Tue, Jan 31, 2012 : 7:08 p.m.

There are as many more bad drivers than bad cyclists and walkers. When a biker or walker screws up or is an idiot, who suffers the most? Its not the driver of the car that hits them that ends up in the hospital or dead. I have commuted to work, year round, for over 20 years. I do not ride on sidewalks or bike paths that are not in the street. It is way too easy for a driver, not paying attention, to hit me while they are turning off the street, or hit me while turning onto the street. By the way Stadium was reduced to one lane each way to put in a left turn lane. Since the reconstruction, I have never seen a traffic jam in that section but have seen many more bikers in the bike lanes and not on the sidewalks.


Tue, Jan 31, 2012 : 6:23 p.m.

I am going to get blasted on this but who cares. Bikers are a pain in the you know what. They run stop signs, do not get in line when making a turn (left). They go right down the middle between the lanes. They ride two aside on the streets. You worry about crosswalks; you need to worry about giving tickets to bikers. We have streets marked for bikers. This means we go from a two lane to one because both sides of the streets are marked for bikers. How often do you see bikers on stadium blvd. not very often? But we have cars going from a two lane to one because of space. Sorry bikers but this is the way I feel. Go ahead and beat me to the ground but this is how I feel.


Wed, Feb 1, 2012 : 12:52 p.m.

I'd love to blast you Mort but I have to agree.........

cornelius McDougenschniefferburgenstein jr. 3 esq.

Tue, Jan 31, 2012 : 6:06 p.m.

i want to be able to ride mopeds,ebikes,etc.anywhere bicycles they cant ride in bike lanes and are required to ride IN THE RIGHT SIDE OF TRAVEL LANE!!!dangerous,blocks traffic,+is stupid.i wish lawmakers would pretend they had a brain once in a while.

Kevin McNulty

Tue, Jan 31, 2012 : 6:04 p.m.

I hope Ann Arbor is looking into more than just putting in bike lanes. There are major barriers people have in deciding to bike regularly for various reasons, like commuting, short trips to a store, etc. One is bike security. Security from both weather and theft. I have seen most of the covered parking and it is not generally going to keep bikes dry or prevent theft, a big problem.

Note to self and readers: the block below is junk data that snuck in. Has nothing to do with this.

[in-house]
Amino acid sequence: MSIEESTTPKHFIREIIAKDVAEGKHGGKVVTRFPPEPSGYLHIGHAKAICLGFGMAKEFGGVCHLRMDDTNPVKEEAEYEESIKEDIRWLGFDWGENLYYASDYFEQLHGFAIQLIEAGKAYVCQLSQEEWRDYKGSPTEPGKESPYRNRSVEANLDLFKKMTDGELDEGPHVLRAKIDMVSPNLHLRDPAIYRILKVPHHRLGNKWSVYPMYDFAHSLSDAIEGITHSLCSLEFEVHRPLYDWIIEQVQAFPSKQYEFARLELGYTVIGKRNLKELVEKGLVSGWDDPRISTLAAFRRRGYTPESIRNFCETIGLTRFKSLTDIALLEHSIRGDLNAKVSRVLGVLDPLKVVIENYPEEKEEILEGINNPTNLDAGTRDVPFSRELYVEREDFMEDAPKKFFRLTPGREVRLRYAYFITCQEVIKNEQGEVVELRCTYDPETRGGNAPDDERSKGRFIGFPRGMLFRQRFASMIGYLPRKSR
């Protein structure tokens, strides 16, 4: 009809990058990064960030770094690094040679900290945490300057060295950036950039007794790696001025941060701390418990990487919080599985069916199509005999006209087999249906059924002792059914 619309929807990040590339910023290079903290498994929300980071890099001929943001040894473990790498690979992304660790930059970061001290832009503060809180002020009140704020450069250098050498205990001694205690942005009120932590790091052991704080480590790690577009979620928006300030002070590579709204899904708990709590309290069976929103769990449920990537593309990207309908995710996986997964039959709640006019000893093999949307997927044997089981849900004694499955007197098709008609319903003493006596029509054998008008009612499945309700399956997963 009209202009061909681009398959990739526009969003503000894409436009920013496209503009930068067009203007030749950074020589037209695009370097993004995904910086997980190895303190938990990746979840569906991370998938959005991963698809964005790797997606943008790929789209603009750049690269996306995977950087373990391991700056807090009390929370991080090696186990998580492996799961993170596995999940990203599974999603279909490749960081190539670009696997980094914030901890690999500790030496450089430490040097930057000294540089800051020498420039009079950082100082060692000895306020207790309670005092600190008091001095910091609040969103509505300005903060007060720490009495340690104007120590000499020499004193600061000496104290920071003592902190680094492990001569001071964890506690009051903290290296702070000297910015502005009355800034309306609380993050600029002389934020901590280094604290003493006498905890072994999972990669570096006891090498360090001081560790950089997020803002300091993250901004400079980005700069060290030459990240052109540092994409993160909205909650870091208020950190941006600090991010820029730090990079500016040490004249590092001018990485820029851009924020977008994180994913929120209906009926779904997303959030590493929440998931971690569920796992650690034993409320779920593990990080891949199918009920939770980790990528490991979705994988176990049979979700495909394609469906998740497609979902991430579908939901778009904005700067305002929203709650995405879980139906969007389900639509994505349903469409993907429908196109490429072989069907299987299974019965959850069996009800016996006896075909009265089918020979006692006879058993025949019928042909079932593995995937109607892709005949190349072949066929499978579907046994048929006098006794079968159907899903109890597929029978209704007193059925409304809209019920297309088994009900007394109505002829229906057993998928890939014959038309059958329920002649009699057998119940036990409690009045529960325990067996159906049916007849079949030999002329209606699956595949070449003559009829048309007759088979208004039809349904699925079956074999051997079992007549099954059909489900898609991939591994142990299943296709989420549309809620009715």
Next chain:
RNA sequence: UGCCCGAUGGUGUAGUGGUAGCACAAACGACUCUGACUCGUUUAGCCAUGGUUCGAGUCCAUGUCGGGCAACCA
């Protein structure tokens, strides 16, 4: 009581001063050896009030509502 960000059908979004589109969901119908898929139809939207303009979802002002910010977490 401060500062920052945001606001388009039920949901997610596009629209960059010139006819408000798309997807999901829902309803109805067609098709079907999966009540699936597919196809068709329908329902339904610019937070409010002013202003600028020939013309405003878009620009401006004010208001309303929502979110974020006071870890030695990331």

Tue, Jan 31, 2012 : 6:03 p.m.

Ann Arbor is one of the greatest cities in the world, improving the bike infrastructure will only improve the town even more and make it an attractive destination for families to move into. In Los Angeles, there are organizations that shut down the entire downtown a couple times a year to open it up to bike traffic. This promotes community and rethinking of bicycles as a form of transportation. <a href="" rel='nofollow'></a> Ann Arbor should consider doing something similar, perhaps in conjunction with the tour of washtenaw. The sky is the limit for Ann Arbor should it choose to go down this path.

Ron Granger

Tue, Jan 31, 2012 : 6:01 p.m.

&quot;So many people who conspicuously avoid the many bike lanes we are so fortunate to have.&quot; The cars who make right turns in front of you - or into you - are a big part of what causes people to bike in the lane of traffic. As a result, it is sometimes safer to ride in the lane of traffic.

John Q

Wed, Feb 1, 2012 : 2:57 a.m.

Yeah, why would bikers think that the law applies to them?

Tom Smith

Tue, Jan 31, 2012 : 7 p.m.

Spurious. How is it safer to have a car driven in growing frustration tailing you at ten MPH? Bikers have to watch the other vehicles just like everyone else. You're not out there on the street yourself. And I have this funny aversion to playing chicken with something that outweighs me by a ton and is sheathed in metal. I guess it comes down to this: I do not believe bikes have an automatic right-of-way. Yet many bikers seem to assume they do. &quot;I'm a biker, I have just as much right to the street&quot;, etc. And people get killed that way.

Tom Smith

Tue, Jan 31, 2012 : 5:58 p.m.

Back in the days (late 70s to early 90s) when I biked everywhere in Ann Arbor and Ypsi -- and I mean EVERYWHERE, from Fox Village to the Spaghetti Bender and North Campus to Ellsworth -- I adored the fact that there were bike lanes. Sometimes they were sidewalk bike lanes, and sometimes you had to be, y'know, careful and considerate of other people, which meant slowing down or even (gasp!) walking the bike for a little bit. I mean, of course I broke a few traffic regs here and there... when there was nobody around to be endangered by them. And the one thing I KNEW was that my bike was no match for motor vehicle traffic. My experience with bikers in Ann Arbor over the past twenty years has been, shall we say, tainted. So many people completely inconsiderate of not merely the safety of others but of themselves. So many people who conspicuously avoid the many bike lanes we are so fortunate to have. So many early-middle-aged guys (about where I am, thanks) who seem to think that it's their FSM-given right to block car traffic at eight MPH. I loved biking; I'm hoping to eventually start biking again. But the first, last, and most important rule is: A person on a bike will lose to a car every time. So use yer dang bike lanes.


Tue, Jan 31, 2012 : 9:10 p.m.

If you are old enough to have gone to the Bender, you are older than early middle aged. Sorry bud.